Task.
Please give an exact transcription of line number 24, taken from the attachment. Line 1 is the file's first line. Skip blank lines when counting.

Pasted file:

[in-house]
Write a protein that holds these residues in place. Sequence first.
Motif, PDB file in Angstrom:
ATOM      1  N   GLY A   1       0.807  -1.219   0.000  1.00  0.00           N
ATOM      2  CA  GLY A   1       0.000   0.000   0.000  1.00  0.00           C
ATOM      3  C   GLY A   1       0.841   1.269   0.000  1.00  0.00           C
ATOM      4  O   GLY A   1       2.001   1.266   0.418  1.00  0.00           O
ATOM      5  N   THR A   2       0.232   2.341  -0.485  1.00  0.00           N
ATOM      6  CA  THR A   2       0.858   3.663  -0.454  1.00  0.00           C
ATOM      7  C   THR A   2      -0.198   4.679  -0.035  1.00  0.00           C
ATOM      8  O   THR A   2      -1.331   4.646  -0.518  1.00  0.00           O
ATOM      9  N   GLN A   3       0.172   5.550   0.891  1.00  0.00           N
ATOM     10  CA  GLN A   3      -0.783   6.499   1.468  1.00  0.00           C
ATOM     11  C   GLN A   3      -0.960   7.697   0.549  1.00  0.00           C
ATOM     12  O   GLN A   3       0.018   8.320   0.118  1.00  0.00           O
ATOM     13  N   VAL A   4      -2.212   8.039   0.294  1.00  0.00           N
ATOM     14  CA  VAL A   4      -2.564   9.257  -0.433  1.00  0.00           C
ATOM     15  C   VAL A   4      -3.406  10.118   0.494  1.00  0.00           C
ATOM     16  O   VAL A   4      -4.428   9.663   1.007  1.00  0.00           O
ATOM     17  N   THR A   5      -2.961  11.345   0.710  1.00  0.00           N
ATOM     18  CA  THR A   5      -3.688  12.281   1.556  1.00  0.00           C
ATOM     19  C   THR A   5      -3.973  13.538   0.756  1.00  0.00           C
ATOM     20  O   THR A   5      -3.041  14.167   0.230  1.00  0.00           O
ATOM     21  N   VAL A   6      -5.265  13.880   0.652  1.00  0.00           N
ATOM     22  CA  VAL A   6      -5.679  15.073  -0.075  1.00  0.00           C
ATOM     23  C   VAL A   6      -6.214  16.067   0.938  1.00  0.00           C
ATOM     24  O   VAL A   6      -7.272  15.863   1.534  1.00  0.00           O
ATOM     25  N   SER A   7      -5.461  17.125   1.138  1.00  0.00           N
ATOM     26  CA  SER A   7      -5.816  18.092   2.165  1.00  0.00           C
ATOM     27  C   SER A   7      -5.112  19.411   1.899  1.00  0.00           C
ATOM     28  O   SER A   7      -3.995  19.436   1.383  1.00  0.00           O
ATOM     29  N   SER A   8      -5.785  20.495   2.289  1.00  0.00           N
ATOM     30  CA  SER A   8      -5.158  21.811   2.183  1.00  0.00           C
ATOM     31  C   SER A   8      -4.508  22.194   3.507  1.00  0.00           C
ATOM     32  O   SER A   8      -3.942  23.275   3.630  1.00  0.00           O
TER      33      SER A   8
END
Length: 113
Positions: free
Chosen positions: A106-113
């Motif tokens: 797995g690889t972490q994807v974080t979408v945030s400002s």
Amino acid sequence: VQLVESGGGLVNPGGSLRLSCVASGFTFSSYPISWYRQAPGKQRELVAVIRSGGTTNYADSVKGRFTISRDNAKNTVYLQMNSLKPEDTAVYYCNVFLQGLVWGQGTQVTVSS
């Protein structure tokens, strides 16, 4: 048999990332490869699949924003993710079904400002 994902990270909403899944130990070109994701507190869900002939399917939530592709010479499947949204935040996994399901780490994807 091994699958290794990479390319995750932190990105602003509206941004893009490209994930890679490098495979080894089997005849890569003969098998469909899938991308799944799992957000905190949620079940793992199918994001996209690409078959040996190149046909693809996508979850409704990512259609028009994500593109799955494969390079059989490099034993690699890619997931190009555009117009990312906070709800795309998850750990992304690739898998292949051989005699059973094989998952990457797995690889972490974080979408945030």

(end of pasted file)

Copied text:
ATOM     21  N   VAL A   6      -5.265  13.880   0.652  1.00  0.00           N